Is it necessary and does the Government recommendation of 400iu/day go far enough?
It’s long been known that vitamin D is linked with healthy immune function. Those of us with low levels of vitamin D are more likely to suffer from infections and viruses, and poor vitamin D status increases the likelihood of developing autoimmune diseases. As the COVID-19 pandemic has unfolded, it has emerged that there is a connection between vitamin D status and our ability to fight off the virus and reduce complications from the disease.
Early on, some of the studies showing a positive association between vitamin D intake and management of COVID-19 that made headlines were not deemed robust enough to be judged conclusive, but as the pandemic has unfolded and more data has been gathered, there is now enough of a body of evidence to conclude that vitamin D does benefit patients and reduces risk amongst the general population. Some of the results are quite remarkable - in one recently reported study led at the University of Cantabria, researchers found that 82% of coronavirus patients out of 216 tested had a vitamin D deficiency, compared to a control group where 47% of people who didn't have the virus were deficient.
Based on historic understanding of the importance of vitamin D to immune function and now the emergence of further clinical study in COVID-19 patients, the Government - having already advised in the autumn that everyone should be taking vitamin D throughout the winter months - went on to announce that it would be providing free vitamin D to the elderly and vulnerable as part of their strategy in the fight against COVID-19.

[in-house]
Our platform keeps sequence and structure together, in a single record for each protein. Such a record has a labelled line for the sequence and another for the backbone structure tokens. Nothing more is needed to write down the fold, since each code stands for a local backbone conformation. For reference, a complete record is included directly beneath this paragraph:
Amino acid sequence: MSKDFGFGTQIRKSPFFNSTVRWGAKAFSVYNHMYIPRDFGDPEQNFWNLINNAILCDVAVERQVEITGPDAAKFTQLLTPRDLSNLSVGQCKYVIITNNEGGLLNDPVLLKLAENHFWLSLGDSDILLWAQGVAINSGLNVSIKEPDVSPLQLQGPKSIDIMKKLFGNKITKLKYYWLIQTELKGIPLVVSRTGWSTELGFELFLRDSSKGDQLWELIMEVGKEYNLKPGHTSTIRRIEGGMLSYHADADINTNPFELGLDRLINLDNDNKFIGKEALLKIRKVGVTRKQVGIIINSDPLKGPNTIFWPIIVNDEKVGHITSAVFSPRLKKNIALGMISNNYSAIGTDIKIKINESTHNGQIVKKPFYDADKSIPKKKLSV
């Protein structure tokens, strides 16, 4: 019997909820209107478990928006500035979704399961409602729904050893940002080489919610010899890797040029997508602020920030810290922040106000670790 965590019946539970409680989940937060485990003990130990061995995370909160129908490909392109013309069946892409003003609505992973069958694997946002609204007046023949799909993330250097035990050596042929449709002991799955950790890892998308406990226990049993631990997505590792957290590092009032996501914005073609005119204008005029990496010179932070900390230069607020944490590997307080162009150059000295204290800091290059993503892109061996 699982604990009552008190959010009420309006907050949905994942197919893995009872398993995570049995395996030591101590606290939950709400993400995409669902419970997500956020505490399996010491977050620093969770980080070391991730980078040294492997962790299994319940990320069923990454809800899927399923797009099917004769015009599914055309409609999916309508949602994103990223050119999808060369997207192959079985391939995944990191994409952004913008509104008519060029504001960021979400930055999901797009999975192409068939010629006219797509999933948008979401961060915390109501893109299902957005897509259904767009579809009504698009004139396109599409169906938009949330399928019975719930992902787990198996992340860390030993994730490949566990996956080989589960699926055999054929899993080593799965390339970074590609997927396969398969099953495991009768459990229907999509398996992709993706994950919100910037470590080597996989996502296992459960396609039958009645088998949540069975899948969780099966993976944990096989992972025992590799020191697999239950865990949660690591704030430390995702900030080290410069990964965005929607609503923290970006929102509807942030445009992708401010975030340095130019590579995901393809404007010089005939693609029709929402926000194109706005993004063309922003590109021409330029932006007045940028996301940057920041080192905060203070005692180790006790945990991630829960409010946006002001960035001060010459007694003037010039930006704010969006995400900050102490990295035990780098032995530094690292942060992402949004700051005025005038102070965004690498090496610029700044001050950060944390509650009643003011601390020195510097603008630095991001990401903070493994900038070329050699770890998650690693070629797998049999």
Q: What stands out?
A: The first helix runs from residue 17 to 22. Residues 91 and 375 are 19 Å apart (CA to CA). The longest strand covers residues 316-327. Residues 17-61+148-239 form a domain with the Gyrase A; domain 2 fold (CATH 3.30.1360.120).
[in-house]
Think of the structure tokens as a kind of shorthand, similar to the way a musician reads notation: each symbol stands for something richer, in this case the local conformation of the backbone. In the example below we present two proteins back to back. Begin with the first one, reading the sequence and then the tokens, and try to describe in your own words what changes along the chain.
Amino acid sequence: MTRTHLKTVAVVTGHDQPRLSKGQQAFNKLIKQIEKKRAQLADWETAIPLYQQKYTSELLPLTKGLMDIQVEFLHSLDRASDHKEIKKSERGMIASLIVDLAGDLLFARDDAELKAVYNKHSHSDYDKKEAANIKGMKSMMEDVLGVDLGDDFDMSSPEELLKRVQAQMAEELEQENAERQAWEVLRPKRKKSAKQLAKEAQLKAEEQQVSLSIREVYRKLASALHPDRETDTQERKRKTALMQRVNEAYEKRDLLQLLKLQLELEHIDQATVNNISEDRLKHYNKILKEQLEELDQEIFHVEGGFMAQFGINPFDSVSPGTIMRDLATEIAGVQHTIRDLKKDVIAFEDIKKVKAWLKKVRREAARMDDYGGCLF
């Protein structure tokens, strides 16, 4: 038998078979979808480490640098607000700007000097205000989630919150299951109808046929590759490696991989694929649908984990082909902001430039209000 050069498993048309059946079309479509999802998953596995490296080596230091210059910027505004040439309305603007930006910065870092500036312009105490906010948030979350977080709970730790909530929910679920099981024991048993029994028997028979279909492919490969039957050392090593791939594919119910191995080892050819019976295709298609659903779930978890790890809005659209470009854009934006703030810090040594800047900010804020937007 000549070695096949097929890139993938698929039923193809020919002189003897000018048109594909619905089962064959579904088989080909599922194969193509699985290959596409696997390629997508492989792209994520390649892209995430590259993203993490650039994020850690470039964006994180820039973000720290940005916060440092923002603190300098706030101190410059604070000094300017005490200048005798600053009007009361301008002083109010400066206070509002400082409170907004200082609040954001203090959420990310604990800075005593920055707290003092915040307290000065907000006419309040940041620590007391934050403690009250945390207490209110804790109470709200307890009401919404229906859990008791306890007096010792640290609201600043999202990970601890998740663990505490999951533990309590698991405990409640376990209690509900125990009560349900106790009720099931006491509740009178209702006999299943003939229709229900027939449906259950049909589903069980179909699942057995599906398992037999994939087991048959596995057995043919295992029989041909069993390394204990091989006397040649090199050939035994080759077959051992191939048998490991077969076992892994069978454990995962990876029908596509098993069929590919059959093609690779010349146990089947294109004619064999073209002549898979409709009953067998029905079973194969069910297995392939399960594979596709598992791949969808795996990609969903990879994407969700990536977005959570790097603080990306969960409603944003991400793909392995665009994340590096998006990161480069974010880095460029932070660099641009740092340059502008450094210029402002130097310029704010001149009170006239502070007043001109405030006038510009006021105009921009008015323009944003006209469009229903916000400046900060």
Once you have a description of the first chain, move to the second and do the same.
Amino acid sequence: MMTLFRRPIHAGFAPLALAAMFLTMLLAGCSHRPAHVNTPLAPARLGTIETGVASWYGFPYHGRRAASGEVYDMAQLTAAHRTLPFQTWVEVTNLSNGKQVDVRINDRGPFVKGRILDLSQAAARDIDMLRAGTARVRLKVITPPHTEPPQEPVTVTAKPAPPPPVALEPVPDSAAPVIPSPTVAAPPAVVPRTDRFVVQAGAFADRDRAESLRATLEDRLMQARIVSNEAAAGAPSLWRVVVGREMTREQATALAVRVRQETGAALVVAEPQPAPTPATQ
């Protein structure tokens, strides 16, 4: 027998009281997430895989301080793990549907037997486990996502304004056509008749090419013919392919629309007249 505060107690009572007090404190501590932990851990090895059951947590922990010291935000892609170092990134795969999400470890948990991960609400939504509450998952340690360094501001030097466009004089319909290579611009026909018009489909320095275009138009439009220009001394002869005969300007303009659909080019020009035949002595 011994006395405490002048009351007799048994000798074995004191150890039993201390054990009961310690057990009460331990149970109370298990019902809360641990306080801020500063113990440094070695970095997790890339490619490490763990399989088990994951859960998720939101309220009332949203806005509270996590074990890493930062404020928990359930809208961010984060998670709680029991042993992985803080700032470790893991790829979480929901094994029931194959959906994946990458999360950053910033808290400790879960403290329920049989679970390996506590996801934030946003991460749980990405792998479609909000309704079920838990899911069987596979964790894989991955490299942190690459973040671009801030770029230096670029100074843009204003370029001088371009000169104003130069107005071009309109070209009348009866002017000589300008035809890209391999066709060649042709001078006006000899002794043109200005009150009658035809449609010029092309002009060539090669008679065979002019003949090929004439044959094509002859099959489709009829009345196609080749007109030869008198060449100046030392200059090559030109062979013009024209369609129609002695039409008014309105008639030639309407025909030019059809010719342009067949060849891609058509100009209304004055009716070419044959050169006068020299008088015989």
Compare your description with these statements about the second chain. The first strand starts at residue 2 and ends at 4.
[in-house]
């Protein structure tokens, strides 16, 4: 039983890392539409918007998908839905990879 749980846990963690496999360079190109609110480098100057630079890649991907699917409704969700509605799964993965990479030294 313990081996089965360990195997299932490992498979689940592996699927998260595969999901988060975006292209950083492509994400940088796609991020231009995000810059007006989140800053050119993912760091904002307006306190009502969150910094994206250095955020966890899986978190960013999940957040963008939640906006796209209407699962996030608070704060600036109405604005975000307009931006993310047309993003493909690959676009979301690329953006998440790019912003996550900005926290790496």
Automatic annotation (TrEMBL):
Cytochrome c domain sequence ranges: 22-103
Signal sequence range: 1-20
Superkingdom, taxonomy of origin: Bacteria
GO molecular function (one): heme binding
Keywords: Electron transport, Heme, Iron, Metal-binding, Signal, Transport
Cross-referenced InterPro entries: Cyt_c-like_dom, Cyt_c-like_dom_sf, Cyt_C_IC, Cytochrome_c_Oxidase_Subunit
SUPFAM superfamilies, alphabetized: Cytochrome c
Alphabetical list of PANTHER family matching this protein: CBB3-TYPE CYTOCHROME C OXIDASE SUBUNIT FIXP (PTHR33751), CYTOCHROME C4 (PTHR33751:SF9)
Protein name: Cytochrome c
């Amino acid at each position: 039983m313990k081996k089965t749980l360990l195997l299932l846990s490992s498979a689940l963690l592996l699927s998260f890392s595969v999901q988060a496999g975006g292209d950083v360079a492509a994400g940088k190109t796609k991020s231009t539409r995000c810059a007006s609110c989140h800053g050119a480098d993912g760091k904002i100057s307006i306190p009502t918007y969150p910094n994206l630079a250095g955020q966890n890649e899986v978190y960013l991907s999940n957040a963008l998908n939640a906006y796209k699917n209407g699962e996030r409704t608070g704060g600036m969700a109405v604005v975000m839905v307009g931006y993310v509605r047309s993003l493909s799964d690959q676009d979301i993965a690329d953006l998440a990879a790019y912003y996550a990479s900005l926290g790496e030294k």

What is vitamin D and why do we need to consider supplementation?
Vitamin D isn’t actually a vitamin - in fact, it’s actually a hormone that is critical to immune function. Having adequate levels, allows the innate immune system to function at its best. Our immune cells have ‘receptors’ for vitamin D, which means vitamin D can communicate with cells of the immune system and pass on messages. Vitamin D is thought to help boost immunity where needed, but also regulate the immune system. This means it could also help prevent over-activation that can lead to problems such as allergies and autoimmune disease, such as rheumatoid arthritis, psoriasis and MS. Additionally, It also helps produce anti-bacterial chemicals in the body to help keep germs at bay.
It’s often referred to as the ‘sunshine vitamin’, as the human body creates it in response to exposure to sunlight. Deficiency is common in the UK, as we don’t get much sun exposure, especially throughout the Winter months. Additionally, some people are naturally more prone to vitamin D deficiency, including those with certain health conditions, people who don’t spend much time outdoors, those who usually wear clothes that cover a lot of the skin (all of us in winter!), night-shift workers, and people with darker skin tones. The common use of sunblock - important in the prevention of skin cancer and ageing - may have compounded the issue of widespread deficiency.
We now know that complications of coronavirus can occur as a result of an uncontrolled inflammatory response known as a ‘cytokine storm’ - hence the effectiveness of the anti-inflammatory steroid drug, Dexamethosone. One of the reason’s it’s thought that having optimal vitamin D levels is so crucial, is that it increases levels of immune cells circulating in the blood, and can help to prevent uncontrolled inflammation - the very thing that leads to serious deterioration in COVID patients.